Senior Associate, World Resources Institute, Washington, D.C.
Identifying the elements of biological diversity and monitoring their changes through time is a daunting task. Biologists have long recognized that the full array of biological diversity will never be known completely—that is, not all species and ecosystems will be identified, named, cataloged, and studied in any detail before many of them are lost. For example, it is likely that there are many more than 10 million species living today. Only 1.4 million of these have been described and named, and a tiny fraction of them have been studied thoroughly for potential use by humans. Ecosystems also vary greatly in size, composition, complexity, and distribution, and it is not uncommon for ecologists to differ in describing and defining them. For example, despite many studies by vegetation ecologists and biogeographers in the United States, today there is no single, agreed-upon vegetation classification that can be used by the federal land-management agencies or by the many state and private organizations that could productively use a national classification scheme.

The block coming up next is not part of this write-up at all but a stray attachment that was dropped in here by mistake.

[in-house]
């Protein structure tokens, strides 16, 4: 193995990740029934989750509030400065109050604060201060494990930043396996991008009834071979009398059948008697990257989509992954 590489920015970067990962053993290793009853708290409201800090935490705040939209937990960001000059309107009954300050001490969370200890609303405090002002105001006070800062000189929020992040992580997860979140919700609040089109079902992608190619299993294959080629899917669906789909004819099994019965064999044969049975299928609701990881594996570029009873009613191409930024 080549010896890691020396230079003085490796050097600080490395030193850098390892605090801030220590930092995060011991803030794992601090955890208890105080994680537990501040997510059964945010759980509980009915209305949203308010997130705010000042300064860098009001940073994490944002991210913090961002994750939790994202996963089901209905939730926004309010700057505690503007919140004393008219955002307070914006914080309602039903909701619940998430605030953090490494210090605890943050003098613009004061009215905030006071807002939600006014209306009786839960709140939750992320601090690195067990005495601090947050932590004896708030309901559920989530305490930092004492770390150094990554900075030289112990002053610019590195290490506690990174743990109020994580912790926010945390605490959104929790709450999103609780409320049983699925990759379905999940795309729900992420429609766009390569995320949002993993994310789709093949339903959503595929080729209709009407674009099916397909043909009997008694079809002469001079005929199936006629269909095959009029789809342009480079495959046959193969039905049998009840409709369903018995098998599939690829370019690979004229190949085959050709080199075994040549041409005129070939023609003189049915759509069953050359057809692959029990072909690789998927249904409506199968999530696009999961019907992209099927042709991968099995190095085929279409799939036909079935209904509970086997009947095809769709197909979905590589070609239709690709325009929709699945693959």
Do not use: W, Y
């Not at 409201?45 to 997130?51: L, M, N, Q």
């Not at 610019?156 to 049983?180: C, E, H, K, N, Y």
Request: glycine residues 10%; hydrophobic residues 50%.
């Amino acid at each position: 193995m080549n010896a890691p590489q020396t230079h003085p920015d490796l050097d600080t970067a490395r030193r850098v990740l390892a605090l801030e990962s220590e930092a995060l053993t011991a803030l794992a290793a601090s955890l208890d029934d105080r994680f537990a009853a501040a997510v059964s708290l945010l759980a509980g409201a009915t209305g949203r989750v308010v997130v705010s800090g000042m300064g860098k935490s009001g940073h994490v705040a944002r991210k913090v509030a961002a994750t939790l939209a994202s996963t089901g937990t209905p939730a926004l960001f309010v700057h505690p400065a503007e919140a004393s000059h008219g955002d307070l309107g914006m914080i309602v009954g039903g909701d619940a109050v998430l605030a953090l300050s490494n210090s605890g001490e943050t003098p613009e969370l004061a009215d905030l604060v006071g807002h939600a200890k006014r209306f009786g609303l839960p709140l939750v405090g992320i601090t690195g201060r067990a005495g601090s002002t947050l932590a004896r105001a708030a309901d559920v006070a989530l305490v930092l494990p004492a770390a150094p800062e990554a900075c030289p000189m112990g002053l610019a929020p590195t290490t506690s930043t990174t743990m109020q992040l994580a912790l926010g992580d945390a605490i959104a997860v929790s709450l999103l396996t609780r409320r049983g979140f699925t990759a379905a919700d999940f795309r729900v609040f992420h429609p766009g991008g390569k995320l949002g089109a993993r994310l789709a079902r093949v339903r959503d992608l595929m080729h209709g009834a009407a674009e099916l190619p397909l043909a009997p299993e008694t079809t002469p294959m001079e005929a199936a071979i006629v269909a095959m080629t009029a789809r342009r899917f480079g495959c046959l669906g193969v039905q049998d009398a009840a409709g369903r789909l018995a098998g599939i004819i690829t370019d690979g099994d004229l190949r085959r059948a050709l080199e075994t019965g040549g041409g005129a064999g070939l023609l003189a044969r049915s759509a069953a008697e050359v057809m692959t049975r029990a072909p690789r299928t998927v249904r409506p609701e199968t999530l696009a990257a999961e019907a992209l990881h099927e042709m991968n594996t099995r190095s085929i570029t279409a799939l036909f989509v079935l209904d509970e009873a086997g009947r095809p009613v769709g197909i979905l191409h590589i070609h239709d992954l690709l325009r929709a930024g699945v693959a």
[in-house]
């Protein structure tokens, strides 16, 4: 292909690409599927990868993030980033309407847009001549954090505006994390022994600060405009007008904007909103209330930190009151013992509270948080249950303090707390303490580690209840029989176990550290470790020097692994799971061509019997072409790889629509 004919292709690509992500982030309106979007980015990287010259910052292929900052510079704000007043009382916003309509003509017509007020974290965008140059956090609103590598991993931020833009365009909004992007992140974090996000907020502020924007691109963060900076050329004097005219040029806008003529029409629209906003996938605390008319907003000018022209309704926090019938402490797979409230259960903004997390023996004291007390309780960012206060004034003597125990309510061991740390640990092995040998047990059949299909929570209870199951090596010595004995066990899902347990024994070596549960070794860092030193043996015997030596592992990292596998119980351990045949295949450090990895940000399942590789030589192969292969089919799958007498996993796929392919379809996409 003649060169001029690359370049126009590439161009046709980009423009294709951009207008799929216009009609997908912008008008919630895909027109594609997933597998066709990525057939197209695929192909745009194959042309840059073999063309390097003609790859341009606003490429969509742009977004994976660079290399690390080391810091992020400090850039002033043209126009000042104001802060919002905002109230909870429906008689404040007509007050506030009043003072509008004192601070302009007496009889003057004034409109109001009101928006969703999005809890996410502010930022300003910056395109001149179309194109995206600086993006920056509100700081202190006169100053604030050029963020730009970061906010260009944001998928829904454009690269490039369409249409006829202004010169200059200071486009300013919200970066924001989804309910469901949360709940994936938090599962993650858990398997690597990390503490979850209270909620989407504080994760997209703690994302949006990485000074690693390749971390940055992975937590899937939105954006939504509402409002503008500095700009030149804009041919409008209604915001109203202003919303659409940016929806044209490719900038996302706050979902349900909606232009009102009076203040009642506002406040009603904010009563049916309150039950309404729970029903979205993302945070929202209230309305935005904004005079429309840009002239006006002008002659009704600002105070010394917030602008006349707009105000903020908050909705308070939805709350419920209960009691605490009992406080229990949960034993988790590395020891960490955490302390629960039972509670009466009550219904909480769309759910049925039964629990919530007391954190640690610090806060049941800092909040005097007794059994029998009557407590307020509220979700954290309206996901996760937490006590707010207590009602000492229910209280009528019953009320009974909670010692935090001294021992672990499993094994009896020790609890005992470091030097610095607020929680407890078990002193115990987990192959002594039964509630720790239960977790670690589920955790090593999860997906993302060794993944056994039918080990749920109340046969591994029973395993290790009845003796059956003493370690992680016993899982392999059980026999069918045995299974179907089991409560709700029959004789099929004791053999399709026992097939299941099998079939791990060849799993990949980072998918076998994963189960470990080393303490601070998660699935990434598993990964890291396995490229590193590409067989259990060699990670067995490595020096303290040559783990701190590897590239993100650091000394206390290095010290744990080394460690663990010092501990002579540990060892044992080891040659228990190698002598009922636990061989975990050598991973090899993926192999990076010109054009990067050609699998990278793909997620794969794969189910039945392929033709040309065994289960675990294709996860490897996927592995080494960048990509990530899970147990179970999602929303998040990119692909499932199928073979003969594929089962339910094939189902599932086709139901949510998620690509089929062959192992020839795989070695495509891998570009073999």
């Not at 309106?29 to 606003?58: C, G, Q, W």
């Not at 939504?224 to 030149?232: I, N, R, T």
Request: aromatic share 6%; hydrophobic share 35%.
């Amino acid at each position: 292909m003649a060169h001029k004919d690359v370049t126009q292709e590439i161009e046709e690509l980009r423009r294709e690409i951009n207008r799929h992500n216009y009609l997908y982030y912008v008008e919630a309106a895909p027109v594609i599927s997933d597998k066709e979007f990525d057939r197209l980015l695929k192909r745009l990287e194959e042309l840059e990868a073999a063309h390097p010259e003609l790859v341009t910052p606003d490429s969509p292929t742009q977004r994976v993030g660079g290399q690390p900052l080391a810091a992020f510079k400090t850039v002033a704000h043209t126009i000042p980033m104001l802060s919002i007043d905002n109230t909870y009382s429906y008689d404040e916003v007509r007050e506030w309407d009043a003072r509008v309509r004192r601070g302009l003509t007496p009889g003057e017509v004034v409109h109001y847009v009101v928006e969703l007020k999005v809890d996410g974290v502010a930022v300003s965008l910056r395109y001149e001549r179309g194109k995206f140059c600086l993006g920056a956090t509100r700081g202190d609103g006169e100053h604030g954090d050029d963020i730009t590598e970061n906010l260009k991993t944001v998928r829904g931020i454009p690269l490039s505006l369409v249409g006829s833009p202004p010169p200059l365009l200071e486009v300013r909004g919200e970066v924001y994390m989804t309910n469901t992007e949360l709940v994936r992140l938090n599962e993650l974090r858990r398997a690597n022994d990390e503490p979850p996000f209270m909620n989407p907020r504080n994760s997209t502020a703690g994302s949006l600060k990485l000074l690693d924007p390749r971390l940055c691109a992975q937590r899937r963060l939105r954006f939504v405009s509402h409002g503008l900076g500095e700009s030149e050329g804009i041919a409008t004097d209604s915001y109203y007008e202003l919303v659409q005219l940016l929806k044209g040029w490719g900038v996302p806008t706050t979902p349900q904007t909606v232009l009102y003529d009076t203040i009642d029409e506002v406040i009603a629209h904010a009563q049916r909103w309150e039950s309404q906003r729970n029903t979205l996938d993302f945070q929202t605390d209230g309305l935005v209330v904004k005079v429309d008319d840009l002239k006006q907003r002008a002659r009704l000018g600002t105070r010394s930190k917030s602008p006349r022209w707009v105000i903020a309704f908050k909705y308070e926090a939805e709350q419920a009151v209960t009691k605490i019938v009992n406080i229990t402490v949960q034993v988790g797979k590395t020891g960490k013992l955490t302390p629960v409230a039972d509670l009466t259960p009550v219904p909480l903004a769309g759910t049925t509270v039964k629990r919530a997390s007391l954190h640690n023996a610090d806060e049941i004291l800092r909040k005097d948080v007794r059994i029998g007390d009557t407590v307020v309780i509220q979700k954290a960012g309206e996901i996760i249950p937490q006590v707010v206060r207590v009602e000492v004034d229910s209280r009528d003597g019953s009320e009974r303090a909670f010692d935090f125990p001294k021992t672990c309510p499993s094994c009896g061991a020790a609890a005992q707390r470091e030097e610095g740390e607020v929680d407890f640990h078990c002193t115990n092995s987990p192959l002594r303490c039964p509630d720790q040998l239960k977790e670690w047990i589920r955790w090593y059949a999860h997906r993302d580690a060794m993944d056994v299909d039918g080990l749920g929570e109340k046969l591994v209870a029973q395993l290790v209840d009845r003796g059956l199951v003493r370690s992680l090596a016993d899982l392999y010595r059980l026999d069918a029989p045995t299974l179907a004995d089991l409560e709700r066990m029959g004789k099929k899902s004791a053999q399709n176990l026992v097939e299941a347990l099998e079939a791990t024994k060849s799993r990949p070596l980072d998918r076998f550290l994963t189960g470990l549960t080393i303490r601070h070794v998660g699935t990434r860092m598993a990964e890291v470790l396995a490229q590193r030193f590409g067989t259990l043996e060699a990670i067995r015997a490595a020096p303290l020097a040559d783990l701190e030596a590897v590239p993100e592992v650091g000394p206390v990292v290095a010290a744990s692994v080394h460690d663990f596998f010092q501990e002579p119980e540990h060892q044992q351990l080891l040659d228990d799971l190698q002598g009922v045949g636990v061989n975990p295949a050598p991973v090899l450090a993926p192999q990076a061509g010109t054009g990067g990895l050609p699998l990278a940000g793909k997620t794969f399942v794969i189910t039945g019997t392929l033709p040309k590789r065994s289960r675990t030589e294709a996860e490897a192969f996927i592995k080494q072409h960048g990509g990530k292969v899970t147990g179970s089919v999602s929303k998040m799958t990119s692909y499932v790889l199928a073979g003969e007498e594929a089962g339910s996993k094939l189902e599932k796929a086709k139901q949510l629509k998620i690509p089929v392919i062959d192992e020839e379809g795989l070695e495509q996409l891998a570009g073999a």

All this makes the work of systematically conserving species and ecosystems more difficult. It presents a real problem when we try to determine how well various ecosystems are protected or represented in the global, national, and state systems of protected areas (Harrison et al., 1984).
To tackle this problem, conservation biologists for years have intentionally or unwittingly used the process called gap analysis to establish short-term and longer-term conservation priorities. The concept is deceptively simple, if not simplistic: